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Norwich panto dame changes her outfit after British Red Cross warning

PUBLISHED: 15:32 26 November 2015 | UPDATED: 17:37 26 November 2015

Richard Gauntlett as Nurse Dorothy Dumpling.

Richard Gauntlett as Nurse Dorothy Dumpling.

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Norwich Theatre Royal’s pantomime dame has had to rethink her wardrobe after the British Red Cross complained about one of her outfits.

Richard Gauntlett as Nurse Dorothy Dumpling and Ben Langley as Muddles. Richard Gauntlett as Nurse Dorothy Dumpling and Ben Langley as Muddles.

Nurse Dorothy Dumpling is the panto dame in the city theatre’s production of Snow White this Christmas, and publicity pictures had seen the colourful character - played by Richard Gauntlett - wearing a costume decorated in red crosses.

However the Theatre Royal was this week contacted by the British Red Cross’ international legal department who requested that the theatre took immediate action to change the outfit.

Peter Wilson, chief executive of Norwich Theatre Royal, said: “The emblem is a special protective symbol whose use is restricted by law. Norwich Theatre Royal wishes to apologise for its unauthorised use in the costume of the pantomime dame in this production of Snow White.”

Nurse Dorothy Dumpling is now sporting a costume with blue crosses in publicity pictures and the outfit will not be used on stage in the show which is due to open at the city theatre on December 15. Parts of the pantomime programme are also being changed.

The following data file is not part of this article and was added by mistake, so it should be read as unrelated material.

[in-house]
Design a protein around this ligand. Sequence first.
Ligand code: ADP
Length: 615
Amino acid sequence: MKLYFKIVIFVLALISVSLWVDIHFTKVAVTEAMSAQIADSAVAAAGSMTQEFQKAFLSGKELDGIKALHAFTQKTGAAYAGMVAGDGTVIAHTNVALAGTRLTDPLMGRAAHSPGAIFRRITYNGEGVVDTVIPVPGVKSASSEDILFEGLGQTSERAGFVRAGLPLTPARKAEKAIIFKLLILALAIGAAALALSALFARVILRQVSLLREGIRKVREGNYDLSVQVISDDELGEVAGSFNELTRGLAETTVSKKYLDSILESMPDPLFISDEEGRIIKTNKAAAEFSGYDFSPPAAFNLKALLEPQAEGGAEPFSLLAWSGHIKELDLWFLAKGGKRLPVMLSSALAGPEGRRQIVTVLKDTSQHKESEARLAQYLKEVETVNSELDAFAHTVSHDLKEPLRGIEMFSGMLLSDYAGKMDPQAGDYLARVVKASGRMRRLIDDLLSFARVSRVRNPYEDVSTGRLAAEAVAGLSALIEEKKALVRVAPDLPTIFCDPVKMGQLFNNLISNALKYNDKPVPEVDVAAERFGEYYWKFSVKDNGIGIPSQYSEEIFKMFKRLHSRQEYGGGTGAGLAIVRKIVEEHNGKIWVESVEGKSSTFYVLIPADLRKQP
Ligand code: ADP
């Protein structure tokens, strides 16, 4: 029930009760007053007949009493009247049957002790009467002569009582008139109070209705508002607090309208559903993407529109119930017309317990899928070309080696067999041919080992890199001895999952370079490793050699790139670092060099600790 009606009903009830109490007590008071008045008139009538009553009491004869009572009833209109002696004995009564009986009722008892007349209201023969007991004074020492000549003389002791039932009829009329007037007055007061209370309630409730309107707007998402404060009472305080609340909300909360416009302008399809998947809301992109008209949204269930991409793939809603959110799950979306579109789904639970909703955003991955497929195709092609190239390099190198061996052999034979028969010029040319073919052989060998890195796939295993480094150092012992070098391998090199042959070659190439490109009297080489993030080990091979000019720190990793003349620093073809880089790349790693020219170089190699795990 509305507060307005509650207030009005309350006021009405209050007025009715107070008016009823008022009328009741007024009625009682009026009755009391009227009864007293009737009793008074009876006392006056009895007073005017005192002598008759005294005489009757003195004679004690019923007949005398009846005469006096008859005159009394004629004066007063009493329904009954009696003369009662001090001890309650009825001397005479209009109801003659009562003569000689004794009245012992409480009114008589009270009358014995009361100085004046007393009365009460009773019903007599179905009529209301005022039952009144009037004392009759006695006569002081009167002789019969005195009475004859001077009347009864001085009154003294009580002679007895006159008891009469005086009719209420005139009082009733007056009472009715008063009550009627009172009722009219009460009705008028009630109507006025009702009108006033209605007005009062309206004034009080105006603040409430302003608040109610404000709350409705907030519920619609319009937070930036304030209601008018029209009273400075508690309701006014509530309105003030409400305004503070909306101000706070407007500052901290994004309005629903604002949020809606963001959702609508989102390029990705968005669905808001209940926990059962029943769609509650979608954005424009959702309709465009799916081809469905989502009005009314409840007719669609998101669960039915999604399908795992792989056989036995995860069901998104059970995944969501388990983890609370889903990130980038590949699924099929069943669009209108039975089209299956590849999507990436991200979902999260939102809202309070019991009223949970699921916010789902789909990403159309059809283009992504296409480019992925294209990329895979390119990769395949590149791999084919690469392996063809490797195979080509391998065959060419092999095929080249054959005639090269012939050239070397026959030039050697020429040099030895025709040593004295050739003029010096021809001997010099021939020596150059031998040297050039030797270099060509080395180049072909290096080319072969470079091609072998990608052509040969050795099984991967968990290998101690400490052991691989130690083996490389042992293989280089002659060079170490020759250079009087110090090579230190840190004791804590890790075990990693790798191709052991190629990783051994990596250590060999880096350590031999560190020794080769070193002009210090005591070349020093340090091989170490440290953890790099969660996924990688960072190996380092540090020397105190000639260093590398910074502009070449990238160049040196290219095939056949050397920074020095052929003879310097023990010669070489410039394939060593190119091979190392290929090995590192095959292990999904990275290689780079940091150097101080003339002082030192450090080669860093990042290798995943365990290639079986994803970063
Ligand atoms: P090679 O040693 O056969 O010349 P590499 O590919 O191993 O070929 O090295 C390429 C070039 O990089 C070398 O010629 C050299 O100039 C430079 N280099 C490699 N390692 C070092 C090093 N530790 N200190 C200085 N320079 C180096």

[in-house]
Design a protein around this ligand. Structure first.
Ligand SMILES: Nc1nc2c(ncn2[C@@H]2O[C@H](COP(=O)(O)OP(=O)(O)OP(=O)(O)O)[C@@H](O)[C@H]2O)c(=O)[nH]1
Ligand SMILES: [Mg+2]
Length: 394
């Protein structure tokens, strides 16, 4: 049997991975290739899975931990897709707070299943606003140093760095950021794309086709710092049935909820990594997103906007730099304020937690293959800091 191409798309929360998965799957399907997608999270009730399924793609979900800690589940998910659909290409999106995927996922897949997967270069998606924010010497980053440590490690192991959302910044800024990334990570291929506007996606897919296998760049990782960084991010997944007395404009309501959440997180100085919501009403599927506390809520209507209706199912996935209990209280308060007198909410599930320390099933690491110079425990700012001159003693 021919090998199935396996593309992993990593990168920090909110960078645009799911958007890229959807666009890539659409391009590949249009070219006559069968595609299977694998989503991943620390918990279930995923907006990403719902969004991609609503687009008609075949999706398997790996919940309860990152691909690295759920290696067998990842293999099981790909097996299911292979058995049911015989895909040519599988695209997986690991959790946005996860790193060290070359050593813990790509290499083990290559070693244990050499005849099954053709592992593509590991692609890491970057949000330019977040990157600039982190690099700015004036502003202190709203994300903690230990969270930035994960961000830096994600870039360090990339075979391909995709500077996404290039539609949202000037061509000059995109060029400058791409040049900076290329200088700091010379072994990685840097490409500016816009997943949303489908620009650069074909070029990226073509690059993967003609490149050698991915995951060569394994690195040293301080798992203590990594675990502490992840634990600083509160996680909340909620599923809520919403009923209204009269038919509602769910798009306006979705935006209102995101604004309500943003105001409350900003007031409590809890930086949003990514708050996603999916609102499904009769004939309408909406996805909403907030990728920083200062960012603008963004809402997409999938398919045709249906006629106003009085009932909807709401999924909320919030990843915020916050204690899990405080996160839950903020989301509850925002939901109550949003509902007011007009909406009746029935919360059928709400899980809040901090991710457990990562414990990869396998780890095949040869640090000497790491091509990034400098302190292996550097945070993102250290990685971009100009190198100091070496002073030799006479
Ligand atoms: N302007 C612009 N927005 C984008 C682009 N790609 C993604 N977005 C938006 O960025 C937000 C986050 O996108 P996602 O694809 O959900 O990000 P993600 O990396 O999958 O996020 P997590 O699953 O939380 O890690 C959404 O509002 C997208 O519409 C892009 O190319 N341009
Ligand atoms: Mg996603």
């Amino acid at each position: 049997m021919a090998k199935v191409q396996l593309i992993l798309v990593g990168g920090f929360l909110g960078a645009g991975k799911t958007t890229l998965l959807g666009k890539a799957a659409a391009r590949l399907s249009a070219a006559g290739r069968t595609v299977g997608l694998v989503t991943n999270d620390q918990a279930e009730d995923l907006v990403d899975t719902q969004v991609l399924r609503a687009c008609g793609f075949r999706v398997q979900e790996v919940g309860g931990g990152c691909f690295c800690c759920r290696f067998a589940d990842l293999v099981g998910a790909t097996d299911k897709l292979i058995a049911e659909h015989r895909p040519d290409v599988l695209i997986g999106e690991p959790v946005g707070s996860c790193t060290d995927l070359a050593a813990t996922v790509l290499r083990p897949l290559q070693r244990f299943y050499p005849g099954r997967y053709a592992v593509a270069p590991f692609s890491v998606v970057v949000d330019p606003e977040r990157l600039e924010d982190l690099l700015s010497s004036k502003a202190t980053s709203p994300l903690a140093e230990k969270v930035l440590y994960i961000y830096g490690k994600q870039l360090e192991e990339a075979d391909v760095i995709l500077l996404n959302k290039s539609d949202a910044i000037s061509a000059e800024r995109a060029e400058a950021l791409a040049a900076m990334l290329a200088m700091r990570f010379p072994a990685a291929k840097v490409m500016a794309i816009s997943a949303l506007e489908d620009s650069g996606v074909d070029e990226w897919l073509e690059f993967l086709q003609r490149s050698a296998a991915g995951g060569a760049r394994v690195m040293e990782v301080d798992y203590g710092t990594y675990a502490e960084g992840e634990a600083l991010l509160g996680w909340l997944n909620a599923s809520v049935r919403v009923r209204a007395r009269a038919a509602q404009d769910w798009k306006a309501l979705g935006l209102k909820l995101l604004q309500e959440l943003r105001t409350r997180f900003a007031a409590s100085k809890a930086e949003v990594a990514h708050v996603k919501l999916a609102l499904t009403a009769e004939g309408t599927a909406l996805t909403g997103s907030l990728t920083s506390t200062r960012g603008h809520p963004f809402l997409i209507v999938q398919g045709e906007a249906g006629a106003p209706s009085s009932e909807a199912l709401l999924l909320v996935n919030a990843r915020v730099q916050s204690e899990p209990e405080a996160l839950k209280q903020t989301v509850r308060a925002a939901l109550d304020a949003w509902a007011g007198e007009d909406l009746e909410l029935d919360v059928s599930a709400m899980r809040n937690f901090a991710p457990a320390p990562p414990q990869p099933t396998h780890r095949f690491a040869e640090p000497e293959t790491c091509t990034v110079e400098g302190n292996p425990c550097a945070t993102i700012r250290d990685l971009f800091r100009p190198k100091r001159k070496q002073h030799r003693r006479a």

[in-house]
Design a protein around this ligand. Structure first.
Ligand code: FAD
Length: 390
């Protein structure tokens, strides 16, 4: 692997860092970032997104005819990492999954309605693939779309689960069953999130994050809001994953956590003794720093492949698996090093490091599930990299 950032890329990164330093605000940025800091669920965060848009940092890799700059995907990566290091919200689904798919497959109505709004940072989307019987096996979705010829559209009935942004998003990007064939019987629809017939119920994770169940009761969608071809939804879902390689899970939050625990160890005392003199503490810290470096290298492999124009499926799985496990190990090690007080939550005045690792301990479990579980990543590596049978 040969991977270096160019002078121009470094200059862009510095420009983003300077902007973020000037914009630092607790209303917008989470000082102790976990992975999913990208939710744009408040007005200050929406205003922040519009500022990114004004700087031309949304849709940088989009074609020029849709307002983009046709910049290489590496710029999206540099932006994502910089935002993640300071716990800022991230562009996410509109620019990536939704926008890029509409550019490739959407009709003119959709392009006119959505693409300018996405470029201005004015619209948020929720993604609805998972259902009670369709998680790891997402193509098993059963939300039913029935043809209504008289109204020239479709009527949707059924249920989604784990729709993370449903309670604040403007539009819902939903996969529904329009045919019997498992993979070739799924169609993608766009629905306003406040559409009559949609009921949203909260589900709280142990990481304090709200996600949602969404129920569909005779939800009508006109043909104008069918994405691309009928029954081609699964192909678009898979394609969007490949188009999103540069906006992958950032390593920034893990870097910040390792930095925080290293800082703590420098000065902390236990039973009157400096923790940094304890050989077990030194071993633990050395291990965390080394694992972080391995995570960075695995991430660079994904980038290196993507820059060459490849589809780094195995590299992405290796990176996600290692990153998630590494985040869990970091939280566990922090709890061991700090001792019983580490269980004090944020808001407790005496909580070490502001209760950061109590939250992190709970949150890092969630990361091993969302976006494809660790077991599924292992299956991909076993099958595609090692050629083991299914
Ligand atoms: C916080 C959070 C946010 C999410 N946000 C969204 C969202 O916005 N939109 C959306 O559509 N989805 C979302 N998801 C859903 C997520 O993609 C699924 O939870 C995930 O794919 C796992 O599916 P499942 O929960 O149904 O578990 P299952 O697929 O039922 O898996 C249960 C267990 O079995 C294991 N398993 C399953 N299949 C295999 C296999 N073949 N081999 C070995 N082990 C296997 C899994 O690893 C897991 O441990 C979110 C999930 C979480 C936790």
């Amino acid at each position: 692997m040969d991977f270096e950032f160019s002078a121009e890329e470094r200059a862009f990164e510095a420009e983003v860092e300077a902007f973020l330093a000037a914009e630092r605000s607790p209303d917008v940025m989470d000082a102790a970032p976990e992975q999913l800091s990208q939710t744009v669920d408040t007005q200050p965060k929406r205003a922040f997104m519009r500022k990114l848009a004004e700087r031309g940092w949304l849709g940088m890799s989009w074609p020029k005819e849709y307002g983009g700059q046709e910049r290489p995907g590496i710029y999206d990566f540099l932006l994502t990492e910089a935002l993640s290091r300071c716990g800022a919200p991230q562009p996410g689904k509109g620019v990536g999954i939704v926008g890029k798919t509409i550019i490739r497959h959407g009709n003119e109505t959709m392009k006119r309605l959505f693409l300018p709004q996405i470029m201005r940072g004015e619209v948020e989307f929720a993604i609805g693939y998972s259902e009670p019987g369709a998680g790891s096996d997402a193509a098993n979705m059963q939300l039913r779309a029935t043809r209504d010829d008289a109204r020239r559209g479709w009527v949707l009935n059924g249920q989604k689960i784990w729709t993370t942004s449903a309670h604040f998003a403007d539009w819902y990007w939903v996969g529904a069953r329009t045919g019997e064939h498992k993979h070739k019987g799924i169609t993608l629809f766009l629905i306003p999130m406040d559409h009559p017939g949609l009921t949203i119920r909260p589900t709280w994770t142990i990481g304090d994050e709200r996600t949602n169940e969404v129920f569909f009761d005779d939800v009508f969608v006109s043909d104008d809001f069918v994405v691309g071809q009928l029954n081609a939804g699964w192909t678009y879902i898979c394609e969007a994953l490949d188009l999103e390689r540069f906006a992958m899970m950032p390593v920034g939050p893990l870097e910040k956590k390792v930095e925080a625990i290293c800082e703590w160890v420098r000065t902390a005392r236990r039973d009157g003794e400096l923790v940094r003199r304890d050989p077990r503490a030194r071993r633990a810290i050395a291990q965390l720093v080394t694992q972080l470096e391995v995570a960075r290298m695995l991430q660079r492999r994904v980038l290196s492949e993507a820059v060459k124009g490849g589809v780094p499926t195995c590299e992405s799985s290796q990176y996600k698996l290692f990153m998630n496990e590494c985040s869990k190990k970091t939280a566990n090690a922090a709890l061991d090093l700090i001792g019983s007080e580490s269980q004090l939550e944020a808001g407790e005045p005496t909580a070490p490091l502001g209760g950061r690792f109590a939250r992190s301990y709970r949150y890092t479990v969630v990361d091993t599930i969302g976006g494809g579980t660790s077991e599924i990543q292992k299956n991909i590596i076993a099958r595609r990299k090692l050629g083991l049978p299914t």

A spokesman for the British Red Cross said: “We have no desire to be the villains of the pantomime or to appear heavy handed, but we do have an obligation to protect the Red Cross emblem.

“The emblem is a special sign of neutrality and protection recognised by all sides during armed conflicts.”

They said they applauded Theatre Royal for quickly arranging to change the costume.

The British Red Cross website states that the emblem of a red cross with arms of equal length on a white background is the visible sign of protection under the 1949 Geneva Conventions, that it is the emblem of the armed forces’ medical services and its use is controlled by governments.

It says the British Red Cross is authorised by the United Kingdom Ministry of Defence to use the emblem within specified limits, and in return for this permission it helps to monitor unauthorised use or misuse (whether deliberate or inadvertent) of the red cross emblem and similar symbols throughout the UK.

Do you have a Norwich arts story? Email arts correspondent Emma Knights at emma.knights@archant.co.uk

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